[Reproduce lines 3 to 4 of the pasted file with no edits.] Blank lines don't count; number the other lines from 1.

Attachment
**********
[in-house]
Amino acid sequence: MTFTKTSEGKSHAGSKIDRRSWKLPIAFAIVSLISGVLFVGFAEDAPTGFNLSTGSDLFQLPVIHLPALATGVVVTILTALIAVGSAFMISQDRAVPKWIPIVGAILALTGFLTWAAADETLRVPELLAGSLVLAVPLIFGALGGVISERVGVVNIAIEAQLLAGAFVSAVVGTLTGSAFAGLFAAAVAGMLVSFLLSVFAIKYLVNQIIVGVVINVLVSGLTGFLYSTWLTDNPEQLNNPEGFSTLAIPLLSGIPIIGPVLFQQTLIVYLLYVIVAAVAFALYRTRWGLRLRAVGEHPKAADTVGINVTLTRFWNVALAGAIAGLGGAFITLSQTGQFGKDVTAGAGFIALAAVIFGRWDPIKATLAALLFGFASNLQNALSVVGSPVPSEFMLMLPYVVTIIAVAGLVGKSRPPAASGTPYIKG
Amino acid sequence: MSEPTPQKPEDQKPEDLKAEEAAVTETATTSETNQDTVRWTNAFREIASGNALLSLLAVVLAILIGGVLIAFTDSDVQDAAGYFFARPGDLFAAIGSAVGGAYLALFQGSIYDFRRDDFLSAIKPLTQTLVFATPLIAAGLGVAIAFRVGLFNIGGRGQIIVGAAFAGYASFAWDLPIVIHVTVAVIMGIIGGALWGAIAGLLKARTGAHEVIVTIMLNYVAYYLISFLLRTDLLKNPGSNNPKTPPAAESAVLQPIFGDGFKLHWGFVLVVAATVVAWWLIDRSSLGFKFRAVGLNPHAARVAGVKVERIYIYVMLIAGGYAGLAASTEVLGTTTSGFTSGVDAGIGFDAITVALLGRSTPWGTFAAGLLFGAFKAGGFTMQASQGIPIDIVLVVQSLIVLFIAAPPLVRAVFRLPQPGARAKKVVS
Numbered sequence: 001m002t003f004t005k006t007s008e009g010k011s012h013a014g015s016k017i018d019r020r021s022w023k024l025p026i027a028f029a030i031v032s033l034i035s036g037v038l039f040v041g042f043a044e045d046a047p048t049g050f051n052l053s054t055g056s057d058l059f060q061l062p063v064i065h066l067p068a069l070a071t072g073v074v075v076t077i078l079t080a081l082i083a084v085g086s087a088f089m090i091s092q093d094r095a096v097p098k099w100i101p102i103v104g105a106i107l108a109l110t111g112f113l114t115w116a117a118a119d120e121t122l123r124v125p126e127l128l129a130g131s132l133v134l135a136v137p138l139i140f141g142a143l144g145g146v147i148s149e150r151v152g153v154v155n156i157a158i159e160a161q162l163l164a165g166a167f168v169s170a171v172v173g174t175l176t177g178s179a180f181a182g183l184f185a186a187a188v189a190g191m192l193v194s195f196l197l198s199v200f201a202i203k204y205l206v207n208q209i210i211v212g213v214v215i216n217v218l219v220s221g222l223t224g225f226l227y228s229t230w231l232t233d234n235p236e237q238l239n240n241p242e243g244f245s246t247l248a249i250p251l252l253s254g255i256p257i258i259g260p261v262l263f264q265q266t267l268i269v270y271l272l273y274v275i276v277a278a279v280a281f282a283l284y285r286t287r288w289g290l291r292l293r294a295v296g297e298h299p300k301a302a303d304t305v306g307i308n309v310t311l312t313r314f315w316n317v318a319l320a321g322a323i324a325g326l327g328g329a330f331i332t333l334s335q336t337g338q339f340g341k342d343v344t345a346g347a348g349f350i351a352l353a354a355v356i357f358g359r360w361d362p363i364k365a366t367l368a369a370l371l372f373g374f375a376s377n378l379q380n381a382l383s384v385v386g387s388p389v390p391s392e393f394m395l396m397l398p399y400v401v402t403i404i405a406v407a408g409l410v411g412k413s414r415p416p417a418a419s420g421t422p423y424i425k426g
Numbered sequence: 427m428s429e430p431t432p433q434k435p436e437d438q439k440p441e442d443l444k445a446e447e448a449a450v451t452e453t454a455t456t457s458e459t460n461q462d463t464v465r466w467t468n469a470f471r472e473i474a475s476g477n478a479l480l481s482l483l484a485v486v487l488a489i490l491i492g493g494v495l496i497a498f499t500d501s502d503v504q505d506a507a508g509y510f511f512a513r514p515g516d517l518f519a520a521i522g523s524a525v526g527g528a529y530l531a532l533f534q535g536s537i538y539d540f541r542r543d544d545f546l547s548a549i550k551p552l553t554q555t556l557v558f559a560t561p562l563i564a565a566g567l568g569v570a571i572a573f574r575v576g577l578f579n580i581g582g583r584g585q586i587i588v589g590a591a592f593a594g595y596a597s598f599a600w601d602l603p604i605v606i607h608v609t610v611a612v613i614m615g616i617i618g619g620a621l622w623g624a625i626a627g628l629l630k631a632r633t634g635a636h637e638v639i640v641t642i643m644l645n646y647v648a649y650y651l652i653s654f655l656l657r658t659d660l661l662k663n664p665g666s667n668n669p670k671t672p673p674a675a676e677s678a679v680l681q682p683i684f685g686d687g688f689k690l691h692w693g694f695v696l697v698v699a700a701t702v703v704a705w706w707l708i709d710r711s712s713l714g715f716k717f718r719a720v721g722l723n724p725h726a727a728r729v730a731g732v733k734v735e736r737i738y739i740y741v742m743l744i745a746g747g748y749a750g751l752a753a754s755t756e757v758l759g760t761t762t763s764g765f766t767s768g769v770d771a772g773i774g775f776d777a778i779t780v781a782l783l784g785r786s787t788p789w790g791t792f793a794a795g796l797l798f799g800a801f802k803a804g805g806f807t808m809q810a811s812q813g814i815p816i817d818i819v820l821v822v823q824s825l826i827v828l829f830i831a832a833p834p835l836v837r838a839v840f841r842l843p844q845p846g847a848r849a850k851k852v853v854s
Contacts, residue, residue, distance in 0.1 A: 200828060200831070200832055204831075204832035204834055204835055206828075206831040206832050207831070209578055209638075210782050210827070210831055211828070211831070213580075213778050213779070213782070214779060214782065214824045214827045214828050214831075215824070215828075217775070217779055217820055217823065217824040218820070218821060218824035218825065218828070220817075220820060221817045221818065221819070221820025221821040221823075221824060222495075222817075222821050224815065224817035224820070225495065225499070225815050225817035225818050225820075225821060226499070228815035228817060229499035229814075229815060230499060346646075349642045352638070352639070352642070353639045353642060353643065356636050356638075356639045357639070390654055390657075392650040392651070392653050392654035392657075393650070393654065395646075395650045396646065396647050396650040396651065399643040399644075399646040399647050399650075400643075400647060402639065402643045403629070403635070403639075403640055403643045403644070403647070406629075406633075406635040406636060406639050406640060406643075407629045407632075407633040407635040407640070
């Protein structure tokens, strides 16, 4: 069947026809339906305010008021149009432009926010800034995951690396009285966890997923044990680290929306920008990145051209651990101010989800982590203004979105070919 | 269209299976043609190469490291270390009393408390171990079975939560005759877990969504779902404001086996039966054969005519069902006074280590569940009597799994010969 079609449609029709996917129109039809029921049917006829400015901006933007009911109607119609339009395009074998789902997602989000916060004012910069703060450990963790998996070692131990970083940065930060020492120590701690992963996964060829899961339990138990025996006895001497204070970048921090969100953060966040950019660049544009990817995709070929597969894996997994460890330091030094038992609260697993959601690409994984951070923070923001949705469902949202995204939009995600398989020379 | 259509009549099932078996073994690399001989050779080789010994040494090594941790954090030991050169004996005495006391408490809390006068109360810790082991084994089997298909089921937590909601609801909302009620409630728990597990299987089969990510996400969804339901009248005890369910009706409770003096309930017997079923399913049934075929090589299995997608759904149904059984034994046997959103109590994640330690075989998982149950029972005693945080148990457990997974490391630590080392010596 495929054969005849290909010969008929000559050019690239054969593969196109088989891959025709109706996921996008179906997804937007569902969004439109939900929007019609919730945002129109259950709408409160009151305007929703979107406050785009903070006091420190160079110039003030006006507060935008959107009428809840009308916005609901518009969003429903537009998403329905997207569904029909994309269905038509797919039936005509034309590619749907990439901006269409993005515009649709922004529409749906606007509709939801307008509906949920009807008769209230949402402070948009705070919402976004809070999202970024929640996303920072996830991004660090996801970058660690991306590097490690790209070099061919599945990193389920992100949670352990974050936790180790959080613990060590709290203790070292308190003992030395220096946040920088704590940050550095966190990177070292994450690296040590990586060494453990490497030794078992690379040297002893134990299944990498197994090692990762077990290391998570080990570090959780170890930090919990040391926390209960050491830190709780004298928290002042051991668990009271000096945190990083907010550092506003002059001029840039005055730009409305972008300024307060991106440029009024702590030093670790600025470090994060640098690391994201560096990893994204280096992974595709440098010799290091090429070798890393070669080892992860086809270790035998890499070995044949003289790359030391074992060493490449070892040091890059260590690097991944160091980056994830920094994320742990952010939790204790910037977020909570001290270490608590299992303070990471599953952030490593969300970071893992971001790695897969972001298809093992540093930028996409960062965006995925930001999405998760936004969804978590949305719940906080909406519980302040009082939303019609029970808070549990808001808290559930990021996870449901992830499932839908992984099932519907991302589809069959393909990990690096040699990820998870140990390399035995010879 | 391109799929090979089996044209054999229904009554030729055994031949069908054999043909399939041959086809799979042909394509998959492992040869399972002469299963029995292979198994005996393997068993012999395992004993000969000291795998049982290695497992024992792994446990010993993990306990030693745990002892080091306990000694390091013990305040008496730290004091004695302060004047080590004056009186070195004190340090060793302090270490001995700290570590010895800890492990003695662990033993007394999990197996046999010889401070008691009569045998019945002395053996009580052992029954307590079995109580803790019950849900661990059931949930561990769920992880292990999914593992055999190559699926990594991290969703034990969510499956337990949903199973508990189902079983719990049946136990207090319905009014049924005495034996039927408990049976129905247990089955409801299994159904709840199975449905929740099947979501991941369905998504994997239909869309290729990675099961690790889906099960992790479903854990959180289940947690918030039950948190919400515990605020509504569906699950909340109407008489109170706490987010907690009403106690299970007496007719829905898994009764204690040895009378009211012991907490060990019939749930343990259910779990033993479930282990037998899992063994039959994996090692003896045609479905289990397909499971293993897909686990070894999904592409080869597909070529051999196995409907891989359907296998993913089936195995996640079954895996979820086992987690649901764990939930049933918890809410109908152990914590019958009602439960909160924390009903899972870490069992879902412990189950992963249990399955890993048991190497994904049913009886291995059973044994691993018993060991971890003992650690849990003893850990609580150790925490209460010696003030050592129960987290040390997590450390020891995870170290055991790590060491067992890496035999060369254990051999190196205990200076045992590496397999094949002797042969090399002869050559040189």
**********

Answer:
Amino acid sequence: MSEPTPQKPEDQKPEDLKAEEAAVTETATTSETNQDTVRWTNAFREIASGNALLSLLAVVLAILIGGVLIAFTDSDVQDAAGYFFARPGDLFAAIGSAVGGAYLALFQGSIYDFRRDDFLSAIKPLTQTLVFATPLIAAGLGVAIAFRVGLFNIGGRGQIIVGAAFAGYASFAWDLPIVIHVTVAVIMGIIGGALWGAIAGLLKARTGAHEVIVTIMLNYVAYYLISFLLRTDLLKNPGSNNPKTPPAAESAVLQPIFGDGFKLHWGFVLVVAATVVAWWLIDRSSLGFKFRAVGLNPHAARVAGVKVERIYIYVMLIAGGYAGLAASTEVLGTTTSGFTSGVDAGIGFDAITVALLGRSTPWGTFAAGLLFGAFKAGGFTMQASQGIPIDIVLVVQSLIVLFIAAPPLVRAVFRLPQPGARAKKVVS
Numbered sequence: 001m002t003f004t005k006t007s008e009g010k011s012h013a014g015s016k017i018d019r020r021s022w023k024l025p026i027a028f029a030i031v032s033l034i035s036g037v038l039f040v041g042f043a044e045d046a047p048t049g050f051n052l053s054t055g056s057d058l059f060q061l062p063v064i065h066l067p068a069l070a071t072g073v074v075v076t077i078l079t080a081l082i083a084v085g086s087a088f089m090i091s092q093d094r095a096v097p098k099w100i101p102i103v104g105a106i107l108a109l110t111g112f113l114t115w116a117a118a119d120e121t122l123r124v125p126e127l128l129a130g131s132l133v134l135a136v137p138l139i140f141g142a143l144g145g146v147i148s149e150r151v152g153v154v155n156i157a158i159e160a161q162l163l164a165g166a167f168v169s170a171v172v173g174t175l176t177g178s179a180f181a182g183l184f185a186a187a188v189a190g191m192l193v194s195f196l197l198s199v200f201a202i203k204y205l206v207n208q209i210i211v212g213v214v215i216n217v218l219v220s221g222l223t224g225f226l227y228s229t230w231l232t233d234n235p236e237q238l239n240n241p242e243g244f245s246t247l248a249i250p251l252l253s254g255i256p257i258i259g260p261v262l263f264q265q266t267l268i269v270y271l272l273y274v275i276v277a278a279v280a281f282a283l284y285r286t287r288w289g290l291r292l293r294a295v296g297e298h299p300k301a302a303d304t305v306g307i308n309v310t311l312t313r314f315w316n317v318a319l320a321g322a323i324a325g326l327g328g329a330f331i332t333l334s335q336t337g338q339f340g341k342d343v344t345a346g347a348g349f350i351a352l353a354a355v356i357f358g359r360w361d362p363i364k365a366t367l368a369a370l371l372f373g374f375a376s377n378l379q380n381a382l383s384v385v386g387s388p389v390p391s392e393f394m395l396m397l398p399y400v401v402t403i404i405a406v407a408g409l410v411g412k413s414r415p416p417a418a419s420g421t422p423y424i425k426g